26 January 2017

The questions for boards are many – and challenging. Where do we position ourselves? Do we ‘play’? Or risk being left behind? Are we acting in the very best interests of people in housing need?

The housing association sector is not truly commercial. Commercial businesses do not have long lines of customers queuing to pay a price set by government. Leaders of commercial businesses do not spend lots of time in talking shops with competitors. They are too busy competing.

Housing associations have however become quasi-commercial. Some more quickly than others. The sector is probably polarising between ‘players’ with whom future governments will work to increase supply and specialists who will continue to do good in the community, but probably build fewer homes. Players will make profits from genuinely commercial activities and thus subsidise new homes. Some will lose money. Inevitably. Careful regulation may reduce this reality, but cannot eliminate it.

What happened when our core-product price was reduced by the Government? We made efficiencies we previously thought impossible. The Government feels we need to do more. I find it hard to disagree. As the world becomes more digital, as home construction shifts to modular, scope for efficiencies will increase.

Never has the strategic role of boards been more important. The questions are many. And challenging. Where do we position ourselves? Do we ‘play’? Or risk being left behind? Are we acting in the very best interests of people in housing need? Really? Or being influenced by self-interest? Are we providing taxpayers with value for money for their historical investment?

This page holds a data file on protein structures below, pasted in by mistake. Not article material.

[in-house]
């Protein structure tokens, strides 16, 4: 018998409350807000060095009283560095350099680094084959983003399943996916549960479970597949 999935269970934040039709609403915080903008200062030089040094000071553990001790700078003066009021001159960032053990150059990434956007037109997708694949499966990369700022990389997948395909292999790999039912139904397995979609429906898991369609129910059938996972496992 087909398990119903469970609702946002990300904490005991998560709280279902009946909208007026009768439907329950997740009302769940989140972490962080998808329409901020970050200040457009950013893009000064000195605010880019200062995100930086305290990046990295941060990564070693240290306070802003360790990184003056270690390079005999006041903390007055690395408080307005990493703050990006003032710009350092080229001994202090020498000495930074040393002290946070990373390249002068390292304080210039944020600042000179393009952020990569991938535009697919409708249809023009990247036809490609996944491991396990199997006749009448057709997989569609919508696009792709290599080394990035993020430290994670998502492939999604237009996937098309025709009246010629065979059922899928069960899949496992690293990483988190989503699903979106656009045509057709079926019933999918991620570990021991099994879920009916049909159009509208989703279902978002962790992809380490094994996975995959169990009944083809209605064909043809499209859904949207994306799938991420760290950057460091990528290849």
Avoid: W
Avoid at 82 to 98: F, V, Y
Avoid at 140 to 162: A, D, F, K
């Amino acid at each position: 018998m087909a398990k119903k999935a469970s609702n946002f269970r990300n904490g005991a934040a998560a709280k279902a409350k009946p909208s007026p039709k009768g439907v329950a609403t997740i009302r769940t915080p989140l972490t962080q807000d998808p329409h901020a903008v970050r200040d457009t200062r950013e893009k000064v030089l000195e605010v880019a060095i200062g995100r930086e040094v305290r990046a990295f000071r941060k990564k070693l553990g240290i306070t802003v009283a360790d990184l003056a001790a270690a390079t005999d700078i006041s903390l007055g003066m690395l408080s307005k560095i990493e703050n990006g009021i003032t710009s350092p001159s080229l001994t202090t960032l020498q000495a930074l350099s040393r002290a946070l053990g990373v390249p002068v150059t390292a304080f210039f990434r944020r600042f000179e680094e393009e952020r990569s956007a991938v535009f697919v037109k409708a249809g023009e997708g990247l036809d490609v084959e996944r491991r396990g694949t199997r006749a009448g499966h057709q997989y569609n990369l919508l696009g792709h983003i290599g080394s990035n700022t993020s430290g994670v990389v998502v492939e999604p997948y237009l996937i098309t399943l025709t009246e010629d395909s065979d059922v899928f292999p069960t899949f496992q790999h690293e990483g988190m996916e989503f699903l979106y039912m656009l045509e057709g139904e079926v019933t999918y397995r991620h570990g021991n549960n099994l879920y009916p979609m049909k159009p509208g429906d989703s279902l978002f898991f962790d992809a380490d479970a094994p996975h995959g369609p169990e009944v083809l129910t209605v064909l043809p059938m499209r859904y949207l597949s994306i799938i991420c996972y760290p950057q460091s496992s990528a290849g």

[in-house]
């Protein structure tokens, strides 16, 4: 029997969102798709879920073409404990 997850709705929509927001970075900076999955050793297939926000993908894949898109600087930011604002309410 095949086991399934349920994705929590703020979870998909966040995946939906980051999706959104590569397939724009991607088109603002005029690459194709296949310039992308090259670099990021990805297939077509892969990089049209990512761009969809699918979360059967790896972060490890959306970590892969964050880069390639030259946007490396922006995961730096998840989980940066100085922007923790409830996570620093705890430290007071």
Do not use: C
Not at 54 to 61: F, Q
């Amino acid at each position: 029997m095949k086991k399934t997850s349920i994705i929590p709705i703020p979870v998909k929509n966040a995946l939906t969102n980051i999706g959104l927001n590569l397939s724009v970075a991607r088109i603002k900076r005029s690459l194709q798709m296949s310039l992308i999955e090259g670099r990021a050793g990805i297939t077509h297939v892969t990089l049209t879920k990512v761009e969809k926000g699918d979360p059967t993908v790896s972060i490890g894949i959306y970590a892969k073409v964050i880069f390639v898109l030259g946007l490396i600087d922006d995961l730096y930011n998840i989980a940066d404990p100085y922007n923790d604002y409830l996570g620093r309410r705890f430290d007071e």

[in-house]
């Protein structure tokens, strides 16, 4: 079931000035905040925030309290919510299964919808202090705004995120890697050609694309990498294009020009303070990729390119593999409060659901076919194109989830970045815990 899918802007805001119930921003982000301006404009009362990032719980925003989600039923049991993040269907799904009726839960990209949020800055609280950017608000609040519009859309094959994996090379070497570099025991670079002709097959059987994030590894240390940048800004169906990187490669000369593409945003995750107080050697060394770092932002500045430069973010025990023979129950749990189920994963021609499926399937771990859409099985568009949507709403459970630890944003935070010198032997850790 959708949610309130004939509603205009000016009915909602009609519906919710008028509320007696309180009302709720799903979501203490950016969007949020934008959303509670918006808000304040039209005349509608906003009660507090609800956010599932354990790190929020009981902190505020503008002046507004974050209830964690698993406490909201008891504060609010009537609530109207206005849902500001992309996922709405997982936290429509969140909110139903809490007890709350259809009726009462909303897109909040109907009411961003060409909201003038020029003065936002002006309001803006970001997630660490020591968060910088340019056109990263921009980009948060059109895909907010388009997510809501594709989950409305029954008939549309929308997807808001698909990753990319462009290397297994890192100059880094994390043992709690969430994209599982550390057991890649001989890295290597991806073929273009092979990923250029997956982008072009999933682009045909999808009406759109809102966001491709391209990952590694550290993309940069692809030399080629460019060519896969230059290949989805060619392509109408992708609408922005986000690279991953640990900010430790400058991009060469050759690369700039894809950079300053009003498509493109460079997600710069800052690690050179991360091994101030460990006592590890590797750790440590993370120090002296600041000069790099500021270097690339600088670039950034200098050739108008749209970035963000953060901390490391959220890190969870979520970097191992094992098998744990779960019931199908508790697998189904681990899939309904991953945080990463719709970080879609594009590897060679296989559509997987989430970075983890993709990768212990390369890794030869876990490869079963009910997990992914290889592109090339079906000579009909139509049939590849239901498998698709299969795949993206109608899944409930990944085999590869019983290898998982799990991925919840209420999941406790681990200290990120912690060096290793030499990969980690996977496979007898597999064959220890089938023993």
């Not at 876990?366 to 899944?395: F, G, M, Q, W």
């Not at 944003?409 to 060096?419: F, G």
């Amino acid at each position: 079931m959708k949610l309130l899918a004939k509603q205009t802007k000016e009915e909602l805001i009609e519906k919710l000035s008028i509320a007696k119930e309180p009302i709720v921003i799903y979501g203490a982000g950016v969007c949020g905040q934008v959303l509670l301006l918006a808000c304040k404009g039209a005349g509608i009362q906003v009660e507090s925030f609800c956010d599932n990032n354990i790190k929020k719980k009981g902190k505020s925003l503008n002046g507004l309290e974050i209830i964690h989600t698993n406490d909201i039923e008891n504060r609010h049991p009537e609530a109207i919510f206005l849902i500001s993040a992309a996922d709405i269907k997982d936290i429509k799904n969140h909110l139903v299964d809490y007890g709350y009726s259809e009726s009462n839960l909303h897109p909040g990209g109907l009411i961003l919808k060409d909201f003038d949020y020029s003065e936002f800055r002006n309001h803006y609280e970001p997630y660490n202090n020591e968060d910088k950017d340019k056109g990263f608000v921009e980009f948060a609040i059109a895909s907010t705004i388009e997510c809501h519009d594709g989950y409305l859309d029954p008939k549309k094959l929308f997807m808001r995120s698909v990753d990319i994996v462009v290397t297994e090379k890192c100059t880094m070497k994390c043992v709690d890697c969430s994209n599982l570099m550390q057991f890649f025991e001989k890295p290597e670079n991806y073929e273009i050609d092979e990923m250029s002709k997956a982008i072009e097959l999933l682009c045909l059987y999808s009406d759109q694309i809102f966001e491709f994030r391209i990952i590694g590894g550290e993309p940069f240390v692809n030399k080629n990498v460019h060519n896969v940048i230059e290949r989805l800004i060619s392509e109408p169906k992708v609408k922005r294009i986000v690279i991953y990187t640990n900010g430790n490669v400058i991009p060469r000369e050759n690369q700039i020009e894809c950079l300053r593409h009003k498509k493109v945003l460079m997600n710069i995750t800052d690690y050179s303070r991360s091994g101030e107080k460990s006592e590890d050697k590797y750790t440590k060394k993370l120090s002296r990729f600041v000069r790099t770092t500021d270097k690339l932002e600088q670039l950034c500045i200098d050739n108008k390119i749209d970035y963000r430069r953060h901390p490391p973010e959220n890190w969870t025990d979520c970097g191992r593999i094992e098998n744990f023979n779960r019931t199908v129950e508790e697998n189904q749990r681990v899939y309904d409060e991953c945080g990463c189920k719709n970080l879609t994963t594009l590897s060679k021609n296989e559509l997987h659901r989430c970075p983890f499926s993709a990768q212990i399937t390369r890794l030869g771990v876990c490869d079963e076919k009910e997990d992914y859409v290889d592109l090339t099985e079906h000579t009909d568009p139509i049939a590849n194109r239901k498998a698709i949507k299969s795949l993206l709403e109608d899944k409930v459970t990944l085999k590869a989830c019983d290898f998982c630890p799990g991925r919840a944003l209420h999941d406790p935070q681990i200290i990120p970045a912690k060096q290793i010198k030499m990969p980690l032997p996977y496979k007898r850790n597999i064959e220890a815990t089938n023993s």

I’ve been asked to speak at the 2017 board members conference on board and executive working to a common goal… how to deliver better results…

I’m no guru. The best I can do will be to offer a few personal opinions based on Flagship’s journey.

In 2010, the Flagship Group included four separate housing associations, each with their own board:

  • 40+ non-executive directors, including local authority nominees and customers - paid a token sum (overpayment in some cases)
  • wide shareholding
  • countless committees and working groups
  • complex customer representation
  • a stack of a year’s board papers standing as tall as the company secretary.

Hopelessly inefficient.

Now we are one housing association:

  • a board of four or five non-executive directors and three executive directors
  • just five shareholders
  • just two permanent committees.

We now have a Customer Operations Group that mirrors the board by including senior managers (in a minority) and its customer members, like our non-executive directors, are chosen on skills, serve a fixed term and earn their pay by making a real and committed contribution. As a result, the board is getting better customer insight and customers have more influence on the strategy.

We have started our own large maintenance company and recently acquired a gas services company. We have exited care – because we feel it’s too important to be handled by non-specialists.

£10m per annum efficiencies made; more to come.

I’m in my last year as chair – the only survivor of the turkeys who voted for Christmas. But we did the right thing. Flagship is now far better positioned to build more new homes. And that is surely what it’s all about. Isn’t it? And Flagship’s journey has only just begun.

Peter Lakey

Peter Lakey is Chair of Flagship Group.

Never has the strategic role of housing association boards been more important